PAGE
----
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How gender inequalities fuel rape in war

Inequalities between men and women in a society increase the likelihood of rape in war. In order to reduce the incidence of sexual violence in conflicts, gender norms and the way in which men and women are seen in times of peace should be addressed.

By Natalie Browes, volunteer of the Mukwege Foundation

The use of rape and other forms of sexual violence has been an enduring feature of armed conflict around the world. Yet despite its prevalence, experts and policy makers are still grappling to fully comprehend sexual violence in conflict situations. Current debate generally understands these crimes in two distinct ways.

Firstly, sexual violence is seen as opportunistic actions of an individual soldier or a small group operating in a military environment where violence, trauma and hyper-masculinity have become the norm.

Sexual violence is effective in societies with deeply-entrenched gender norms

Secondly, sexual violence in armed conflict is a military tactic, whereby rape is deliberately used to displace or punish the civilian population. This weapon of war has devastating consequences that may reach far beyond the individual victims. For example, in some conflicts such as the Rwandan genocide of 1994, rape was used to change the genetic make-up of the ‘enemy’ population.

Both cases must be situated within the norms and values that shape societies. In many communities, worldwide beliefs surrounding the roles that men and women occupy in society are binary, unequal and deeply-entrenched. Therefore, sexual violence is particularly prevalent and effective.

Shaming and degrading victims through rape

The rape of women in highly patriarchal societies is a brutal way of exercising dominance over them, reaffirming their position as subordinate. When a woman’s role is constructed as one of loyalty, purity and humility, a victim of rape may be seen as ‘spoiled’or ‘impure’ – bringing deep feelings of shame both to the victim and to those around her. She may be ostracised by her husband, her family, and even forced out of her community. If the rape is particularly violent and leaves a woman unable to bear children, her role and value is further undermined. Moreover, given a man’s role as protector, the rape of his wife can greatly damage his perceived masculinity, also resulting in shame.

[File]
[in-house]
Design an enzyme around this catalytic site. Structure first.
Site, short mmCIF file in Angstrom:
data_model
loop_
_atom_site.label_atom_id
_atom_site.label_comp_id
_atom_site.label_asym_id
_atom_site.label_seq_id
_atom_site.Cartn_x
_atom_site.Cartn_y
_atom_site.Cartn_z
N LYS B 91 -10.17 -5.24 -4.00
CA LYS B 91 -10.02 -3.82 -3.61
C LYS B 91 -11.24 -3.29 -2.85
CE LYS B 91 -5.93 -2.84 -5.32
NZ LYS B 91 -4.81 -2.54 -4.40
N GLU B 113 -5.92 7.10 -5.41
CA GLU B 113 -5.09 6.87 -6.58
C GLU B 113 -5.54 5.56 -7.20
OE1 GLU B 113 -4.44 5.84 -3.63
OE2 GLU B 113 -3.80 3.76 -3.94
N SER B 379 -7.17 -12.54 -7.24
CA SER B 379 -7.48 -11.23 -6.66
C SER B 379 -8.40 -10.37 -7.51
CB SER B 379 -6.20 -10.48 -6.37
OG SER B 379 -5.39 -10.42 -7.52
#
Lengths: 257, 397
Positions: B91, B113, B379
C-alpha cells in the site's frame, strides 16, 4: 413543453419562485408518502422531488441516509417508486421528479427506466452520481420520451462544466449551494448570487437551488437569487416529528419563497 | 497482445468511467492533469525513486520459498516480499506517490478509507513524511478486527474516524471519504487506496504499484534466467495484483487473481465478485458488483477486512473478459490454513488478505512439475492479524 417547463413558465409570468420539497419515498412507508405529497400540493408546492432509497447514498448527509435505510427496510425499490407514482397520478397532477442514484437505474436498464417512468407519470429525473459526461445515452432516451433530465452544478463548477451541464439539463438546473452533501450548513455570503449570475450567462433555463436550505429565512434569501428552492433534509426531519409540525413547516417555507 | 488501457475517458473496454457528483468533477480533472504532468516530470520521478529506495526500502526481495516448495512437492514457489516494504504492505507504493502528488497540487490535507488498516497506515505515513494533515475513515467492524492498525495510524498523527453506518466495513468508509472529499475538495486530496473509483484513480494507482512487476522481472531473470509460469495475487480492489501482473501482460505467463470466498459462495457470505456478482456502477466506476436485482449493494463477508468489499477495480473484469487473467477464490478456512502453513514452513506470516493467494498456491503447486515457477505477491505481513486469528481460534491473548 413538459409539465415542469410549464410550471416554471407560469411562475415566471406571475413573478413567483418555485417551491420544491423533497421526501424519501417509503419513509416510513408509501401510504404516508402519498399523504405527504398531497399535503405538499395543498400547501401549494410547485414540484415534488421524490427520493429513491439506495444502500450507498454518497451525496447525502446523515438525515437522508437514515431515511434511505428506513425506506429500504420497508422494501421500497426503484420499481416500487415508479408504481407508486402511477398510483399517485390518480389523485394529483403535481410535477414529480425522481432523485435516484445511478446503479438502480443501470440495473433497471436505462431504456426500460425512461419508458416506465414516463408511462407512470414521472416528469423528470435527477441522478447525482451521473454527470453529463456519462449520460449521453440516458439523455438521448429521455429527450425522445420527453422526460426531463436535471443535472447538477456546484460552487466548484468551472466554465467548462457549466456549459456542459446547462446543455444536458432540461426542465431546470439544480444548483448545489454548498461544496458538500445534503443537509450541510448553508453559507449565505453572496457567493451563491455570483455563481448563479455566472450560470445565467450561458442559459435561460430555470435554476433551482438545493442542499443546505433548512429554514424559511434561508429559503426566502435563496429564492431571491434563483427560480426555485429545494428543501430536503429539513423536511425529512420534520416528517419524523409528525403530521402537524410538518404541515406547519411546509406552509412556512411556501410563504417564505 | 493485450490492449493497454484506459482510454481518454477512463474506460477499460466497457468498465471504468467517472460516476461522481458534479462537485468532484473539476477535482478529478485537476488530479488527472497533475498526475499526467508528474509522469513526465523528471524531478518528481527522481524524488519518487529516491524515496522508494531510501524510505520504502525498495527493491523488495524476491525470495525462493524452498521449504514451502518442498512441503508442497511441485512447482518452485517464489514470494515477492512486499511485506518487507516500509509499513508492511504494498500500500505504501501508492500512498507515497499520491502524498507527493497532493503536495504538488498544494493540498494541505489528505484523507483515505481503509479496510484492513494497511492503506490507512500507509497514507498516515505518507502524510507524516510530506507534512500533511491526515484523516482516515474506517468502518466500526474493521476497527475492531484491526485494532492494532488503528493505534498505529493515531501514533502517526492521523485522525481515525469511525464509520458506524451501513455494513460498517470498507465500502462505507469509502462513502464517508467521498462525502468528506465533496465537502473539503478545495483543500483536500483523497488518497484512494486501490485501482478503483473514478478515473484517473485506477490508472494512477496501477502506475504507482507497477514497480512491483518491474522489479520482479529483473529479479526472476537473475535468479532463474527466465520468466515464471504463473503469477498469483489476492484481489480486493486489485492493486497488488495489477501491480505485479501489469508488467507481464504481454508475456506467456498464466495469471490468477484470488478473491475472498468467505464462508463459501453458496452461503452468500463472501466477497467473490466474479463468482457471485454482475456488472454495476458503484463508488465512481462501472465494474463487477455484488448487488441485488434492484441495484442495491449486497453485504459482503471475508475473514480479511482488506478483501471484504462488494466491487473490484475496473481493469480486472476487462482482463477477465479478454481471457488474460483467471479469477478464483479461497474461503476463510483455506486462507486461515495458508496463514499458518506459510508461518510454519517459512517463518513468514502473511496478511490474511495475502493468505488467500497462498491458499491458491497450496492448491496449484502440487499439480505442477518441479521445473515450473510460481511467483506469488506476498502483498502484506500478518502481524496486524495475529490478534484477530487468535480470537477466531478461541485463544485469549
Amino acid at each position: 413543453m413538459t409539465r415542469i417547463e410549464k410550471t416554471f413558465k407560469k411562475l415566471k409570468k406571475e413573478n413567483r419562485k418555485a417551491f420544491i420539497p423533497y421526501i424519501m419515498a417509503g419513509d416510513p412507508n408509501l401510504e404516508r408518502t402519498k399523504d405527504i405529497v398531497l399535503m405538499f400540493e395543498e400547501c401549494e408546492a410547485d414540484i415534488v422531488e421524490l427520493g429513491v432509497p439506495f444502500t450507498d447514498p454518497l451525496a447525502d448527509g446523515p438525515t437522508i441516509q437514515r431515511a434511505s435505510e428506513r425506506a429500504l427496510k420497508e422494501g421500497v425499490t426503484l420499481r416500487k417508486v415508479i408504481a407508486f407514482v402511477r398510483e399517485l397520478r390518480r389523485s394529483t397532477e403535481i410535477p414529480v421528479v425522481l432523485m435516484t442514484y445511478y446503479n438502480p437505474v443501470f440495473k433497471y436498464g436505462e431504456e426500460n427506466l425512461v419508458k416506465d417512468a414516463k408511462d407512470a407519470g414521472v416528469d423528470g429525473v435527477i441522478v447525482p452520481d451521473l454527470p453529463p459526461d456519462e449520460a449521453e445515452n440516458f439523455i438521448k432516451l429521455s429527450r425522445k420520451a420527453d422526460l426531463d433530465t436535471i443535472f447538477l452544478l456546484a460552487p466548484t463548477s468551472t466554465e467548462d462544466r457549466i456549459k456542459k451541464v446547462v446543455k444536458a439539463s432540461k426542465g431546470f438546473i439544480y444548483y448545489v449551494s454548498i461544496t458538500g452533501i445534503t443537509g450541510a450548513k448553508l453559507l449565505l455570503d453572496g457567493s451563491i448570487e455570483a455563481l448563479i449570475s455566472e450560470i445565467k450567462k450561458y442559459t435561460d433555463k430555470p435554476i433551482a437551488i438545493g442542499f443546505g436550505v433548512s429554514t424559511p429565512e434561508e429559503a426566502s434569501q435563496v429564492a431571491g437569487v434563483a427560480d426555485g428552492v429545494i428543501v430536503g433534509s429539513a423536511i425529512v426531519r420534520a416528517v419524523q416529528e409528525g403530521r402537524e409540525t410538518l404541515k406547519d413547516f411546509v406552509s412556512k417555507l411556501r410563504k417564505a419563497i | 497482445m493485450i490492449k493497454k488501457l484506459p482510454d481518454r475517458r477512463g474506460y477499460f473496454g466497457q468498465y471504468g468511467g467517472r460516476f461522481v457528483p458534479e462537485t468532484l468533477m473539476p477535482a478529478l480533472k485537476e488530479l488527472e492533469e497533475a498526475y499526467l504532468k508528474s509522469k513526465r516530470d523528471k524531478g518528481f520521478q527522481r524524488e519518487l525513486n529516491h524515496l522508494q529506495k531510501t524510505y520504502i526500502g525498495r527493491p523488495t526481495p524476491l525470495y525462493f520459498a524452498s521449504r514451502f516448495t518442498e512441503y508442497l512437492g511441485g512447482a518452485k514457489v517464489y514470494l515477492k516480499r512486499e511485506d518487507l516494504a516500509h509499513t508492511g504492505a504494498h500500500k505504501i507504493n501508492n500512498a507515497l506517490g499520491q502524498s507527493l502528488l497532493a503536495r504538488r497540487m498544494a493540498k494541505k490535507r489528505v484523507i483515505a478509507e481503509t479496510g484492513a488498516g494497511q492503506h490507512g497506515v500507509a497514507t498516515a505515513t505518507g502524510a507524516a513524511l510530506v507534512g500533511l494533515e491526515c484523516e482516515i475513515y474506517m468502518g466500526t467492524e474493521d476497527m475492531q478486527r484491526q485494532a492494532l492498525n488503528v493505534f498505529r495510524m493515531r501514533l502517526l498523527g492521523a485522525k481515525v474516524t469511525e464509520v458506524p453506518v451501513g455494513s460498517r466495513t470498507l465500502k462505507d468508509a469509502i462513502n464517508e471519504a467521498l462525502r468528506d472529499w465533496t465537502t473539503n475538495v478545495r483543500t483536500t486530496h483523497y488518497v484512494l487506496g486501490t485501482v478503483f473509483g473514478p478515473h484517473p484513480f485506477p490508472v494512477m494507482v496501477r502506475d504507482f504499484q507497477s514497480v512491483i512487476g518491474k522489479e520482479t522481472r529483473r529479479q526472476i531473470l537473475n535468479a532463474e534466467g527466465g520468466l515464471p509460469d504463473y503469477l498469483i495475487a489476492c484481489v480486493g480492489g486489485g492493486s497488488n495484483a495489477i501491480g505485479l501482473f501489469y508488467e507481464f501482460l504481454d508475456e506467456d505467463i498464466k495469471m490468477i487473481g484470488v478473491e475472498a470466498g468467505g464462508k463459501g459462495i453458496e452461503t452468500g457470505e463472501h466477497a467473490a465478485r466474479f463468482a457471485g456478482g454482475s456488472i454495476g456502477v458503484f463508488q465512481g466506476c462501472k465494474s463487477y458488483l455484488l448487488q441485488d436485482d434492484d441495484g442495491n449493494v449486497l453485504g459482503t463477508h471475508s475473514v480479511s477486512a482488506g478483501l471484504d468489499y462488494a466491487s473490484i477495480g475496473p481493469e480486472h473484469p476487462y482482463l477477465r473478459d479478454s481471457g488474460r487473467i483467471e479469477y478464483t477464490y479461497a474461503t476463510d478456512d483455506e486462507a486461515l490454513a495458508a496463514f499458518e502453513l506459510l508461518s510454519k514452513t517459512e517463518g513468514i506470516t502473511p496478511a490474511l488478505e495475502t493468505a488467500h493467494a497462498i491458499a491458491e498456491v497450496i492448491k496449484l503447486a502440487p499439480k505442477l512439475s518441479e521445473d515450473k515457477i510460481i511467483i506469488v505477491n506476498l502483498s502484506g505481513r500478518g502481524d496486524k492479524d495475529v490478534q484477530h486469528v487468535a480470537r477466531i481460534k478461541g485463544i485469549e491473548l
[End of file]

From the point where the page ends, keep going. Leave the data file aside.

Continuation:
The rape of men in strongly patriarchal societies serves to demasculate, feminise, and shame victims. Beyond the violence and trauma of the act itself, this may result in severe emotional and psychological damage. For these reasons, male rape victims can become increasingly violent towards those around them as way to reassert their masculinity.

Because of this shame and stigmatisation associated with rape, many victims do not report their ordeals, even to close family members. In some cases – due to extreme gender inequalities – it may even be highly dangerous to do so. In Sudan for example, rape is defined as non-consensual sex between a man and a woman outside of marriage. If a woman cannot prove lack of consent therefore (which requires three male witnesses or six female witnesses), she risks being charged with adultery.

Societal norms in peace influence occurrence of rape in war

To understand the full effect of rape in conflict situations, we must first understand the societal norms and practices that exist outside of war. The unequal and polarising notions of ‘male’ and ‘female’ increase the likelihood of sexual violence in times of war as well as in times of peace.

For example, soldiers may feel great pressure to rape due to the hyper-masculine environment of war. Perpetrators seek to prove their masculinity and reinforce male dominance and, as a consequence, normalise the act of rape. Once the conflict has ended, the perpetrator is increasingly likely to engage in risky sexual behaviour to maintain his status as a dominant male.

Need to understand intertwined relationship between gender norms and sexual violence

If these crimes go unpunished, this reinforces gender norms even further and sexual violence continues to be committed in high numbers after the conflict. For example, the International Men and Gender Equality Survey (IMAGES) found that sexual violence in North Kivu (DRC) was just as prevalent a crime in civilian communities as it was among combatants. Over one third of men surveyed said they had carried out some form of sexual violence. Furthermore, over three quarters held ‘deeply alarming attitudes’ about rape and women’s rights.

Understanding this intertwined relationship between gender norms and sexual violence in armed conflict is essential. It calls for renewed education and awareness-raising efforts which should encourage communities to take a critical look at the (often unrecognised) norms and values that have such a significant effect on behaviour and practices. There is hope that by reducing gender inequalities, the incidence of sexual violence (both in times of war and in peace) will decrease.

 

Photo: © UN Photo / Sylvain Liechti

 

Natalie Browes is currently a PhD student at the Autonomous University of Barcelona. She has worked in several sub-Saharan African countries, with a particular focus on gender-based projects. She has also conducted research into sexuality education, and how this affects and is affected by gender norms. Her findings were published in the journal Sex Education.